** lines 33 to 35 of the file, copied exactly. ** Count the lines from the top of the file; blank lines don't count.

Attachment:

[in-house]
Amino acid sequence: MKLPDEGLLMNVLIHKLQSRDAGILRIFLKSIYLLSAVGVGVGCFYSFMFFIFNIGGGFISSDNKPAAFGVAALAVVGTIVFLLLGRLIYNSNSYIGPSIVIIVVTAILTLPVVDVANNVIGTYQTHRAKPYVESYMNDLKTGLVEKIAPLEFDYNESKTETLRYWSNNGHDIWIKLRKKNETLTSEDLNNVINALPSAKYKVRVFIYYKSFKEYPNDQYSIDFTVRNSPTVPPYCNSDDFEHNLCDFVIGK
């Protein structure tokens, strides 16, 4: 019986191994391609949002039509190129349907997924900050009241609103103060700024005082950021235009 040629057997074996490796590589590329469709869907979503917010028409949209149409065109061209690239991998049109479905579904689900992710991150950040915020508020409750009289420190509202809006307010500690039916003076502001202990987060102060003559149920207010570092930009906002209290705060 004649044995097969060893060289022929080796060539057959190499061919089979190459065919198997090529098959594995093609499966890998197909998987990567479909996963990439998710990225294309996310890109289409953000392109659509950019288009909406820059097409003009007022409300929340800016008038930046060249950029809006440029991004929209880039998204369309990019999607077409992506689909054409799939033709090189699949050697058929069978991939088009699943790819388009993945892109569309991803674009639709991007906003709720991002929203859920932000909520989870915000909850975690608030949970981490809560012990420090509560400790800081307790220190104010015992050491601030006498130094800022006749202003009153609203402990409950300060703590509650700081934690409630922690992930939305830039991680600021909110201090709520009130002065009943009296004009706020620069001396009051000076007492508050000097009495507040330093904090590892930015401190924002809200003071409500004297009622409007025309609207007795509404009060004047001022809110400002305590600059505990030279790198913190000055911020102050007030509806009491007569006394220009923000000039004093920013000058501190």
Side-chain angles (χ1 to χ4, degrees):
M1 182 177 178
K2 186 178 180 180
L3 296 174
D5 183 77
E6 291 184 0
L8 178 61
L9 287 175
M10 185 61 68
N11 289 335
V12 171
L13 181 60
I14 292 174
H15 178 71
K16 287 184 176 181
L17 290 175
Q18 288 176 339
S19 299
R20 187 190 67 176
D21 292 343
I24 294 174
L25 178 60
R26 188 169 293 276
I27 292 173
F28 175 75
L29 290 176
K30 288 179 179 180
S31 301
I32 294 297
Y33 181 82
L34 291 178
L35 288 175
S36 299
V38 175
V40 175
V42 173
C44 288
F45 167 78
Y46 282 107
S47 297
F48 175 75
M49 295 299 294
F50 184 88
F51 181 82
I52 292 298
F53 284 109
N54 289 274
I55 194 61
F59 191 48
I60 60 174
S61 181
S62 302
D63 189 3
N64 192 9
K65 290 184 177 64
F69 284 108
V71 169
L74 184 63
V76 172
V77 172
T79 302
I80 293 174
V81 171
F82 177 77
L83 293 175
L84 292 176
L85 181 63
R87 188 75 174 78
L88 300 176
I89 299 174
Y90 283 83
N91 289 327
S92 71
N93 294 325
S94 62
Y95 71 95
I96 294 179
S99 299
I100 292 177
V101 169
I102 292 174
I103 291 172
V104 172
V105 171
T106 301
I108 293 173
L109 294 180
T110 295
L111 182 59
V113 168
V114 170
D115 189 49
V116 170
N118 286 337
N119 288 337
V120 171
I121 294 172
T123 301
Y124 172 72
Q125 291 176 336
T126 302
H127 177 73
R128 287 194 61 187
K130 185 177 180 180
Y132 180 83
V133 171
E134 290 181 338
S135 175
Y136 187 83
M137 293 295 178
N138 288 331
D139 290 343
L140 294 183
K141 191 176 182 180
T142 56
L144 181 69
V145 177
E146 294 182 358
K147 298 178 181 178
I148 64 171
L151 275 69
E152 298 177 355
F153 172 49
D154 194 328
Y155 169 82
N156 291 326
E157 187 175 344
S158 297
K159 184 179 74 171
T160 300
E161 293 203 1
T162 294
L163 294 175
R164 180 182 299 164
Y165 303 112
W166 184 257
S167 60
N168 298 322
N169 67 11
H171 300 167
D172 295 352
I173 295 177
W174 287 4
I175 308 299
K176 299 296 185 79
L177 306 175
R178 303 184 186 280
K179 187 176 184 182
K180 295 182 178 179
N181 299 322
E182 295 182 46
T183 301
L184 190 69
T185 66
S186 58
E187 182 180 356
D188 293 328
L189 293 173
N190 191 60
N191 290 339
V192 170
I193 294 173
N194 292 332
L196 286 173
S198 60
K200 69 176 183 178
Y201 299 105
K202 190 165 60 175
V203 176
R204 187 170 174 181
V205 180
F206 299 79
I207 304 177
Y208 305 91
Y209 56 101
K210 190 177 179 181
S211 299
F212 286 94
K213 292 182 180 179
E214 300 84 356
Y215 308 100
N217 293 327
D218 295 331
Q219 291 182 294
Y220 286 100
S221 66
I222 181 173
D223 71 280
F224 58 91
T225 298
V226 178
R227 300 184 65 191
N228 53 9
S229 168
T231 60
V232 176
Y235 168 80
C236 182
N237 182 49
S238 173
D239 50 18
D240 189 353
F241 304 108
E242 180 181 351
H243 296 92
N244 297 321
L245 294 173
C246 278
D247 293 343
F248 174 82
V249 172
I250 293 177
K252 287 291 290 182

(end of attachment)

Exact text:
Y33 181 82
L34 291 178
L35 288 175